If there is a harder working musician than Marty Willson-Piper doing the rounds today, then they need to be caught and put in a music museum to be marvelled at and studied. There may be bands or artists playing more gigs than him per year, though even in that department he is certainly no slouch, but when it comes to projects and collaborations, musical cross-pollination and the all-important merging, mixing and exchanging of musical ideas, then he takes some beating.

At the core of this album, along with Marty is Jed Bonniwell, who tends to handle vocal and lyrical duties leaving Marty to deal with guitar salvos and bass lines. The result of this meeting of musical minds is an album that runs between the jangling and joyous and a more driven and direct rock sound, between the hazy and hypnotic, the graceful and the groovesome, the delicate and the delicious, often finding its signature sound at a point where all these elements meet, sometimes creatively colliding, more often than not complementing perfectly.

I’m Electric, which kicks things off, plays with Mission-esque vibes in its blend of shimmering guitars and low-slung riffs, Ancient Towers opts for lighter but no less ornate weaves of tone and texture and Deep Paisley Underground is a beguiling blend of dove-tailed guitar patterns from the cascading to the siren-like. The Four Horses of Venice is not only a gorgeous creation but there are a few references in the lyrics (the bottom of a well, Inner Mongolia, The sun touching down, secret agents) which make me think of the author Haruki Murakami, though I might be chasing things that aren’t there, but that’s the great thing about smart yet vague lyrics, they can sometimes be anything what you want them to be.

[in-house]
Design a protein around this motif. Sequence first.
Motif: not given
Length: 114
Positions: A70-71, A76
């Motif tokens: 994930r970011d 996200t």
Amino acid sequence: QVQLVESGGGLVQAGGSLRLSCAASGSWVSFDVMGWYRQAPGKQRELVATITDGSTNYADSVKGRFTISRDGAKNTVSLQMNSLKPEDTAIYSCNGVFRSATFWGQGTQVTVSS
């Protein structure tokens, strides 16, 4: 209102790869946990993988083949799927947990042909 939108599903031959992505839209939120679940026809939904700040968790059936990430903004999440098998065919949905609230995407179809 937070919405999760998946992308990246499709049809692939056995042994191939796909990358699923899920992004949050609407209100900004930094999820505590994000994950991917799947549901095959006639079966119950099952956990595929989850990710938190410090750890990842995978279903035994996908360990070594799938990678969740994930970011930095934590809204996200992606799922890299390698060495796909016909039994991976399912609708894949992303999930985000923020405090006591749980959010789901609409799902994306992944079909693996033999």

And of course, due to the extensive circle of musical friends that he has gathered around himself over the years, it is no surprise to find the familiar faces from his many other projects helping out here. A cyberspace creation that connects the dots between America, Borneo and Sweden and projects such as MOAT and Noctorum.

They say that you can tell a lot about a person by the company that they keep and to that end, this album speaks volumes. Dare Mason produces and also plays keyboards, Phoebe Tsen sings harmony vocals, Olivia Willson-Piper plays the strings and Eddie John the drums. As always, Marty leaves sonic fingerprints all over the album, prints that are both fresh and familiar, a blend of his signature, luminescent guitar sound and his adventurous and ongoing quest to see what lies over the next musical hill.

A glorious album, a fantastic addition to his musical canon, a great collaboration, a glorious meeting of musical minds, not to mention exquisite skills, and a must for all discerning pop and rock fans.

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